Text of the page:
General Warnings

Drugs That Can Cause Atrial Fibrillation

What’s atrial fibrillation?

Atrial fibrillation happens when the electrical impulses in your top two chambers (the atria) fire chaotically when they should be steady and regular, causing them to quiver or twitch (fibrillation).  If this happens you might feel an irregular and sometimes fast, heartbeat or pulse. Some people say it feels like their heart is fluttering or racing (known as palpitations).

Atrial fibrillation causes your heart to beat irregularly and sometimes much faster than normal. Also, your heart’s upper and lower chambers do not work together as they should. When this happens, the lower chambers do not fill completely or pump enough blood to your lungs and body. This can make you feel tired, lightheaded, or dizzy. You may also feel like your heart is skipping a beat, fluttering, pounding, or beating too hard or fast. You may also feel chest pain. Blood may pool in your heart, which increases your risk of forming clots and can lead to strokes or other complications. Atrial fibrillation can also occur without any symptoms, which can make it hard to diagnose. Atrial fibrillation may cause heart disease or worsen existing heart disease.  If left untreated, atrial fibrillation can lead to serious and even life-threatening complications, like stroke or heart failure.

Drug-induced atrial fibrillation

Drug-induced atrial fibrillation occurs more frequently in patients with risk factors and co-morbidities that commonly co-exist with atrial fibrillation, such as advanced age, alcohol consumption, family history of atrial fibrillation, hypertension, thyroid dysfunction, sleep apnoea, and heart disease.

The following drugs have been associated with an increased risk of atrial fibrillation in some patients:

1.        Amphetamines

2.        Antiarrhythmics (e.g., flecainide, propafenone, sotalol)

3.        Beta-blockers (in rare cases)

4.        Calcium channel blockers (e.g., verapamil, diltiazem)

5.        Digoxin

6.        Diuretics (e.g., furosemide)

7.        NSAIDs (e.g., ibuprofen, naproxen)

8.        Theophylline

9.        Steroids (e.g., prednisone)

10.      Antibiotics (e.g., erythromycin, clarithromycin)

11.      Antidepressants (e.g., amitriptyline, imipramine, fluoxetine)

12.      Antifungal drugs (e.g., ketoconazole, itraconazole)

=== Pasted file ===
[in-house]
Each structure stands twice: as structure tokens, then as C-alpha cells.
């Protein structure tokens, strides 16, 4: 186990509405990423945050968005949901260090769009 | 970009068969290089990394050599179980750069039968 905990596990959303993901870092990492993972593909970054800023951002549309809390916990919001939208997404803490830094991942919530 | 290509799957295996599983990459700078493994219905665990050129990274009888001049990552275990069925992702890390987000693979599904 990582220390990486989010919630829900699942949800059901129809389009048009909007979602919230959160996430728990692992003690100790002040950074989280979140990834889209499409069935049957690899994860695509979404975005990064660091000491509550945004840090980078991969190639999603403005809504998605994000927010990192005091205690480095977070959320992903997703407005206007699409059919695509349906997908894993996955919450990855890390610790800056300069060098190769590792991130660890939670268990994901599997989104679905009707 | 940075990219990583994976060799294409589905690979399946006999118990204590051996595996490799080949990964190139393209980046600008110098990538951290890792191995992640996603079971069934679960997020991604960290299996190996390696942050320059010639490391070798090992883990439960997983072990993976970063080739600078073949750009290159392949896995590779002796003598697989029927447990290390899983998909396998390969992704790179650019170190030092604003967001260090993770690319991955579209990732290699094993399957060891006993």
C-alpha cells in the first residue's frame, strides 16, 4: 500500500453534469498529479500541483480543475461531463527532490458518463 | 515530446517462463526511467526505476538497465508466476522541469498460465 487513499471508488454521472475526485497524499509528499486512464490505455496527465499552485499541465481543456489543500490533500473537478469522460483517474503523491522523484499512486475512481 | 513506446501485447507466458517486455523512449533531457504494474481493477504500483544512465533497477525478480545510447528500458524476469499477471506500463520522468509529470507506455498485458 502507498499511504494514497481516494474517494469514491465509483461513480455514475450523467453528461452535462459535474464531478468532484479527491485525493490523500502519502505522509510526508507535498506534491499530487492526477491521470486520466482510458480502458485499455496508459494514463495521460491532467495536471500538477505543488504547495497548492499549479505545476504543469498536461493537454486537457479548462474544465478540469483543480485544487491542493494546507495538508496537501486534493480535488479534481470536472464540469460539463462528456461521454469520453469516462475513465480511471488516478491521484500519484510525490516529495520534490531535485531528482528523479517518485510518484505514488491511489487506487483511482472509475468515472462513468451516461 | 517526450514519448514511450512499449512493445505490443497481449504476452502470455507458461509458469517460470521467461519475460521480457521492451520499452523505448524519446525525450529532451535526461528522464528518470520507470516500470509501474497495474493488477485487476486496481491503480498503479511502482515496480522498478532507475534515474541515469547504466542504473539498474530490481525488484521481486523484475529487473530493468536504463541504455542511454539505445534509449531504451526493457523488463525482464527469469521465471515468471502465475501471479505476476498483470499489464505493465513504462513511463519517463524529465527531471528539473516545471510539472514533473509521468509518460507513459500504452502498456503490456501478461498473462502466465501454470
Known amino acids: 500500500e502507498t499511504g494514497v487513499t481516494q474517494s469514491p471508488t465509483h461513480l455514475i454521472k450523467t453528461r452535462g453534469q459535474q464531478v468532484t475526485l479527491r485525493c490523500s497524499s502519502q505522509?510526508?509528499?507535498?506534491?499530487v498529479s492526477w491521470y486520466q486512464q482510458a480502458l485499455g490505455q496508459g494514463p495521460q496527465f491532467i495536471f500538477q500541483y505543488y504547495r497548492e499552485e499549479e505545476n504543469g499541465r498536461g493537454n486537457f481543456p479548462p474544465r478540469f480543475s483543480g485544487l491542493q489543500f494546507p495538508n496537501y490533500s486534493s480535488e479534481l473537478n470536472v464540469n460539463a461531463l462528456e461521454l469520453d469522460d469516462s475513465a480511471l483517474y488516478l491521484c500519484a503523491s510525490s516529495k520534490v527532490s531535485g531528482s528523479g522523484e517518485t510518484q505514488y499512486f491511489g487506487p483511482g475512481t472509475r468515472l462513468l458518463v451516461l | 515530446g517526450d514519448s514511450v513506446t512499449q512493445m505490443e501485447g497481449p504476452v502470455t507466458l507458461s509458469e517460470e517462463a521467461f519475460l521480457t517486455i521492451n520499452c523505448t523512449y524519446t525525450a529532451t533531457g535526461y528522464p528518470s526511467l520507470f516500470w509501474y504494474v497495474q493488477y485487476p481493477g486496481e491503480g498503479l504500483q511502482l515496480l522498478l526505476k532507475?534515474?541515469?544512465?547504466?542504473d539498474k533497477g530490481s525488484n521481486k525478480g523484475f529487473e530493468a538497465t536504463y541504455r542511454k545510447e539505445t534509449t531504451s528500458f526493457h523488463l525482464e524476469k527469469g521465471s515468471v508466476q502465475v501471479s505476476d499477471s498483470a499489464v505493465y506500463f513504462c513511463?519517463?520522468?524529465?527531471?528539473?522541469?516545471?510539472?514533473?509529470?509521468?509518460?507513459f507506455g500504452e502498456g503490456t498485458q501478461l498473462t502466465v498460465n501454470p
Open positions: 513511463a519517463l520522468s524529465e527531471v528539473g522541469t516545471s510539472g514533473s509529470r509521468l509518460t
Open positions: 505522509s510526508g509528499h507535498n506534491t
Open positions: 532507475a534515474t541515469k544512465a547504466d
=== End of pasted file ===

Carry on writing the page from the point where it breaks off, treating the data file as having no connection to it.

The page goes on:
13.      Antihistamines (e.g., diphenhydramine)

14.      Antipsychotics (e.g., haloperidol, risperidone)

15.      Chemotherapy drugs (e.g., cisplatin)

16.      Methylphenidate

17.      Nicotine (including from smoking and vaping)

18.      Phenylephrine

19.      Pseudoephedrine

20.      Theophylline

It is important to note that while these drugs have been associated with an increased risk of atrial fibrillation, many people take these medications without any adverse effects. It’s essential to talk to a doctor or pharmacist if you have any concerns about the medications you are taking and their potential side effects.

Can I Prevent atrial fibrillation?

Not all cases of atrial fibrillation can be prevented. By taking steps to avoid coronary artery disease or high blood pressure, however, you can help avoid developing A-fib due to these causes. The basics include not smoking, following a heart-healthy Mediterranean-style diet (high in plant-based foods, fruits, and vegetables, and low in saturated fats), being physically active, and keeping to a normal weight (as indicated on a body-mass index chart).


Dr. Oche Otorkpa PG Cert, MPH, PhD

Dr. Oche is a seasoned Public Health specialist who holds a post graduate certificate in Pharmacology and Therapeutics, an MPH, and a PhD both from Texila American University. He is a member of the International Society of Substance Use Professionals and a Fellow of the Royal Society for Public Health in the UK. He authored two books: "The Unseen Terrorist," published by AuthorHouse UK, and "The Night Before I Killed Addiction."
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